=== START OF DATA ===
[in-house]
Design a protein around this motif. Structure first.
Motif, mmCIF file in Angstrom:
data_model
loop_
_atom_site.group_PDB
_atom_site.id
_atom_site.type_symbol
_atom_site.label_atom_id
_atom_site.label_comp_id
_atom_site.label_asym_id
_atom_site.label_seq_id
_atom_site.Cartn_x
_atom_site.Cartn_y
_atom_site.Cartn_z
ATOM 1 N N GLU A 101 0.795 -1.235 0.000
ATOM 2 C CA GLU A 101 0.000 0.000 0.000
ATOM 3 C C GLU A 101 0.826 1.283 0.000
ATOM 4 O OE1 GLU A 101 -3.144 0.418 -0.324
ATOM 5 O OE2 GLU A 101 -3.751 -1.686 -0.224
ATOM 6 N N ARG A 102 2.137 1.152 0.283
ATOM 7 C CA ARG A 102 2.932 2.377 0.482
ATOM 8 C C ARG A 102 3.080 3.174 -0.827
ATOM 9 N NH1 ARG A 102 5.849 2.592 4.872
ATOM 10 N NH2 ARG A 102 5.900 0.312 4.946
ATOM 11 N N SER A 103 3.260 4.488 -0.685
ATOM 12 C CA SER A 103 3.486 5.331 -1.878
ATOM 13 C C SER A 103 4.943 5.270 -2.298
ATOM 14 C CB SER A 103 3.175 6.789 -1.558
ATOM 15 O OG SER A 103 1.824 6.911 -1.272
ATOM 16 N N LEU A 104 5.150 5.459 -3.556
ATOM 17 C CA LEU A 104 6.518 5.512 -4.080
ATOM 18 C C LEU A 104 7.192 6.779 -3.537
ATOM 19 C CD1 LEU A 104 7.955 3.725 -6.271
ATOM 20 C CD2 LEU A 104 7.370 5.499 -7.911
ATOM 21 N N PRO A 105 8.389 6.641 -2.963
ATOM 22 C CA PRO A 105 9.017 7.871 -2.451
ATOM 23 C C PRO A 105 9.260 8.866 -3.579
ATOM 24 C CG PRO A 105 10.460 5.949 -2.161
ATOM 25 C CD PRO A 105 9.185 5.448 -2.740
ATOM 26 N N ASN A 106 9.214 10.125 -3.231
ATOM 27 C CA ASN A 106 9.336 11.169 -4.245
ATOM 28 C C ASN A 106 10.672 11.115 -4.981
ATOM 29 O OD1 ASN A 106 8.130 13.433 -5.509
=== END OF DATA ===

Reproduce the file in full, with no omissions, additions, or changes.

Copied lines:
[in-house]
Design a protein around this motif. Structure first.
Motif, mmCIF file in Angstrom:
data_model
loop_
_atom_site.group_PDB
_atom_site.id
_atom_site.type_symbol
_atom_site.label_atom_id
_atom_site.label_comp_id
_atom_site.label_asym_id
_atom_site.label_seq_id
_atom_site.Cartn_x
_atom_site.Cartn_y
_atom_site.Cartn_z
ATOM 1 N N GLU A 101 0.795 -1.235 0.000
ATOM 2 C CA GLU A 101 0.000 0.000 0.000
ATOM 3 C C GLU A 101 0.826 1.283 0.000
ATOM 4 O OE1 GLU A 101 -3.144 0.418 -0.324
ATOM 5 O OE2 GLU A 101 -3.751 -1.686 -0.224
ATOM 6 N N ARG A 102 2.137 1.152 0.283
ATOM 7 C CA ARG A 102 2.932 2.377 0.482
ATOM 8 C C ARG A 102 3.080 3.174 -0.827
ATOM 9 N NH1 ARG A 102 5.849 2.592 4.872
ATOM 10 N NH2 ARG A 102 5.900 0.312 4.946
ATOM 11 N N SER A 103 3.260 4.488 -0.685
ATOM 12 C CA SER A 103 3.486 5.331 -1.878
ATOM 13 C C SER A 103 4.943 5.270 -2.298
ATOM 14 C CB SER A 103 3.175 6.789 -1.558
ATOM 15 O OG SER A 103 1.824 6.911 -1.272
ATOM 16 N N LEU A 104 5.150 5.459 -3.556
ATOM 17 C CA LEU A 104 6.518 5.512 -4.080
ATOM 18 C C LEU A 104 7.192 6.779 -3.537
ATOM 19 C CD1 LEU A 104 7.955 3.725 -6.271
ATOM 20 C CD2 LEU A 104 7.370 5.499 -7.911
ATOM 21 N N PRO A 105 8.389 6.641 -2.963
ATOM 22 C CA PRO A 105 9.017 7.871 -2.451
ATOM 23 C C PRO A 105 9.260 8.866 -3.579
ATOM 24 C CG PRO A 105 10.460 5.949 -2.161
ATOM 25 C CD PRO A 105 9.185 5.448 -2.740
ATOM 26 N N ASN A 106 9.214 10.125 -3.231
ATOM 27 C CA ASN A 106 9.336 11.169 -4.245
ATOM 28 C C ASN A 106 10.672 11.115 -4.981
ATOM 29 O OD1 ASN A 106 8.130 13.433 -5.509